Four questions can guide discussion to help leaders of a not-for-profit senior living organization decide whether to go through a sponsorship transition — an affiliation / merger, acquisition, disposition or closure — according to a recent white paper from Ziegler.
The specialty bank recommends conversations during regularly held board meetings, strategic planning retreats or within strategic planning committee meetings. The questions:
Why and how do we want to grow? “There are some organizations who are divided on this topic,” says Lisa McCracken, Ziegler’s director of senior living research and development. “In those instances, time needs to be spent working through the varying opinions and landing on a unified position within the organization. For those who have general agreement around the need to grow and evolve, having clarity around the reasons for growth is important.”
What is the organization’s readiness for growth? According to the white paper, three factors play into this decision: risk tolerance, resources and corporate structure.
Risk tolerance, McCracken says, “includes not only the obvious elements of financial risk associated with various growth strategies but also the pace at which the organization is comfortable moving forward.”
And if an organization doesn’t have the resources necessary to pursue a sponsorship transition, then “the organization needs to have the discipline to say no,” she adds.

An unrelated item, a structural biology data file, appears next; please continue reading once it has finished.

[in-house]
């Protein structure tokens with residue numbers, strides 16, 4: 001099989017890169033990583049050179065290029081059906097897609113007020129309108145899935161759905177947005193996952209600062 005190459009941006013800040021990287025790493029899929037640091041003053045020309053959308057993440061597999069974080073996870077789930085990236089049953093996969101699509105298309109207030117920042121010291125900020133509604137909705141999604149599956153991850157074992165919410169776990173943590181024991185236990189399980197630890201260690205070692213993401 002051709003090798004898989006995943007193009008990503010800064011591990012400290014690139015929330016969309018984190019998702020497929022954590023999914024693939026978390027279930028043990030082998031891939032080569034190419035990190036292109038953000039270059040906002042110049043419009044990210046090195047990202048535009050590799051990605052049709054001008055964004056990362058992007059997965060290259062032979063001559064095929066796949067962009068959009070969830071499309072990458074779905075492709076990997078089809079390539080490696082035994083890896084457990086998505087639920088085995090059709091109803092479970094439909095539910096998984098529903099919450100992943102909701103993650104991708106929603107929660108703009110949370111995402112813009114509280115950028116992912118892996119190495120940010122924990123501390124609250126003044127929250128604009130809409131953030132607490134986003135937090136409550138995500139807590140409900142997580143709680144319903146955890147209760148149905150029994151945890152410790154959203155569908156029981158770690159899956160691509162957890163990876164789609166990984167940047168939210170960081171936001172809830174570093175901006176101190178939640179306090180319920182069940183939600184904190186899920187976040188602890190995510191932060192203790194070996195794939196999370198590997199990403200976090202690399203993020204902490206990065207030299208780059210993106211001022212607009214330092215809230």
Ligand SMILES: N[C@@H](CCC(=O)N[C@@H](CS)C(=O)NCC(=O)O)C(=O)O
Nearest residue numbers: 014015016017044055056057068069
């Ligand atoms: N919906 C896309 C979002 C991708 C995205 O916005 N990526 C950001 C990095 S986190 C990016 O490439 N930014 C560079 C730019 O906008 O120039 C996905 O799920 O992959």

Legal counsel should be included in discussion related to corporate structure, according to the white paper. “The right corporate structure not only aligns with growth objectives but is an effective tool in mitigating risk,” the paper notes.
Is the organization looking to be the “affiliator,” or is there willingness to be the “affiliatee”? This question relates to how much control the companies want to have.
“It is noteworthy to acknowledge that when you are in a position of financial and operational weakness you may not have a choice in this regard,” McCracken says. “For those who are approaching this topic strategically and from a position of strength, this question is a healthy one to discuss as a group.”
What is the organization’s criteria for a potential partner? When the leadership team has a clear picture of the expectations of a potential partner, members are more prepared for negotiations and opportunities, according to Ziegler.
“Spend time as a group discussing your organization’s criteria for partnership,” McCracken says. “It is recommended that you start by identifying the short list of non-negotiables and then back it up with ‘nice to have’ criteria.”
Additional information is available in Ziegler’s white paper.